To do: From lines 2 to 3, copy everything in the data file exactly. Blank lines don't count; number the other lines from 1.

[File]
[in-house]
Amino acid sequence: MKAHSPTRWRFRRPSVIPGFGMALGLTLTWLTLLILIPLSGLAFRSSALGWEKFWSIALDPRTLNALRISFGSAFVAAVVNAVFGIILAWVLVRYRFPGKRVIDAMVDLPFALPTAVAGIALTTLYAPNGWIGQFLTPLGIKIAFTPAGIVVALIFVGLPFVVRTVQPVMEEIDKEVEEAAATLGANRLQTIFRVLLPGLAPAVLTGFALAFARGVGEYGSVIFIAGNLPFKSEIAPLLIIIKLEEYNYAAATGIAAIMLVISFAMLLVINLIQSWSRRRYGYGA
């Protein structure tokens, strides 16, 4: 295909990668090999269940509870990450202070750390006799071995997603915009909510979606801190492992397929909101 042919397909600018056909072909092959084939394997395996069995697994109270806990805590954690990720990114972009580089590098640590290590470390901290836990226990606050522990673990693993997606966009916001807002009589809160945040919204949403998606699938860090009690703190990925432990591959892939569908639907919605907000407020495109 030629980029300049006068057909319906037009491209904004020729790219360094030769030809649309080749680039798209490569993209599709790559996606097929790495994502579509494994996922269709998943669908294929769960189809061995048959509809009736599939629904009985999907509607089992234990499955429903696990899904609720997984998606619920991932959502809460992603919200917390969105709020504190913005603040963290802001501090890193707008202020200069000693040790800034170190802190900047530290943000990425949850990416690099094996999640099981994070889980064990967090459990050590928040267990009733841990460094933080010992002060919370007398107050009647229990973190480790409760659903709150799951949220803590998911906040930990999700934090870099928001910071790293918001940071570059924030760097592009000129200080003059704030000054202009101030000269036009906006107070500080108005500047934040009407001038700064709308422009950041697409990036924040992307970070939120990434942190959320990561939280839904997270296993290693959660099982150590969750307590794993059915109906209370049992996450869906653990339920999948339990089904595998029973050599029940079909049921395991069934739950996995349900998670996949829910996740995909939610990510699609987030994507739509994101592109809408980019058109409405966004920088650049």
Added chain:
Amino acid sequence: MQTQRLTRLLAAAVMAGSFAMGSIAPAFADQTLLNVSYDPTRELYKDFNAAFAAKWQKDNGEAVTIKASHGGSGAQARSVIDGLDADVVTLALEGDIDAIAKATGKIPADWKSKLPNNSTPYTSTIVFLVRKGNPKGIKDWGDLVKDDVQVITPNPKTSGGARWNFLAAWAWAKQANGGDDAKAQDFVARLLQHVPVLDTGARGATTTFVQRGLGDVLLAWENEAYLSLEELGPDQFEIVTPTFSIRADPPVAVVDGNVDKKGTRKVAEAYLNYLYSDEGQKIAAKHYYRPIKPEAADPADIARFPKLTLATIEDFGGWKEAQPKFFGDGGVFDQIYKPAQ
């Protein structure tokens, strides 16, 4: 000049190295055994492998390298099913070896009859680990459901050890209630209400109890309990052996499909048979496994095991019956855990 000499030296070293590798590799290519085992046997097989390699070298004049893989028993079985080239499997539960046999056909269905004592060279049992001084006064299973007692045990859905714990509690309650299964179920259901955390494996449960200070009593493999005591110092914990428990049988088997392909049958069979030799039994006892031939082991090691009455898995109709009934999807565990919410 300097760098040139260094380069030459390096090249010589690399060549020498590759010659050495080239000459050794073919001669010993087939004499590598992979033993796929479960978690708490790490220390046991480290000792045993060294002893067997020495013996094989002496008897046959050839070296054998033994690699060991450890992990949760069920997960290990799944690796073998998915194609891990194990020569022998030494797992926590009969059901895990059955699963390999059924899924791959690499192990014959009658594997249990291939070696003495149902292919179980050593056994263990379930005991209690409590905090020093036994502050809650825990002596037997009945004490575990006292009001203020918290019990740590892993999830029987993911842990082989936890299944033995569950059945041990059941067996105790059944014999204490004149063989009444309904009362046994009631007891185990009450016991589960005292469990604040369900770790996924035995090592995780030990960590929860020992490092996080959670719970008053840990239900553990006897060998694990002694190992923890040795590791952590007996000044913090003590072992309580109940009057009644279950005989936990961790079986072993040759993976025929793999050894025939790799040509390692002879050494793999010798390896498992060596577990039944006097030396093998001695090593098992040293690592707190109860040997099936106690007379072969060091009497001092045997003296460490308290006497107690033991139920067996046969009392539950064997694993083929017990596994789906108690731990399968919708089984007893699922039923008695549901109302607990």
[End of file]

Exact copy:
Amino acid sequence: MKAHSPTRWRFRRPSVIPGFGMALGLTLTWLTLLILIPLSGLAFRSSALGWEKFWSIALDPRTLNALRISFGSAFVAAVVNAVFGIILAWVLVRYRFPGKRVIDAMVDLPFALPTAVAGIALTTLYAPNGWIGQFLTPLGIKIAFTPAGIVVALIFVGLPFVVRTVQPVMEEIDKEVEEAAATLGANRLQTIFRVLLPGLAPAVLTGFALAFARGVGEYGSVIFIAGNLPFKSEIAPLLIIIKLEEYNYAAATGIAAIMLVISFAMLLVINLIQSWSRRRYGYGA
């Protein structure tokens, strides 16, 4: 295909990668090999269940509870990450202070750390006799071995997603915009909510979606801190492992397929909101 042919397909600018056909072909092959084939394997395996069995697994109270806990805590954690990720990114972009580089590098640590290590470390901290836990226990606050522990673990693993997606966009916001807002009589809160945040919204949403998606699938860090009690703190990925432990591959892939569908639907919605907000407020495109 030629980029300049006068057909319906037009491209904004020729790219360094030769030809649309080749680039798209490569993209599709790559996606097929790495994502579509494994996922269709998943669908294929769960189809061995048959509809009736599939629904009985999907509607089992234990499955429903696990899904609720997984998606619920991932959502809460992603919200917390969105709020504190913005603040963290802001501090890193707008202020200069000693040790800034170190802190900047530290943000990425949850990416690099094996999640099981994070889980064990967090459990050590928040267990009733841990460094933080010992002060919370007398107050009647229990973190480790409760659903709150799951949220803590998911906040930990999700934090870099928001910071790293918001940071570059924030760097592009000129200080003059704030000054202009101030000269036009906006107070500080108005500047934040009407001038700064709308422009950041697409990036924040992307970070939120990434942190959320990561939280839904997270296993290693959660099982150590969750307590794993059915109906209370049992996450869906653990339920999948339990089904595998029973050599029940079909049921395991069934739950996995349900998670996949829910996740995909939610990510699609987030994507739509994101592109809408980019058109409405966004920088650049």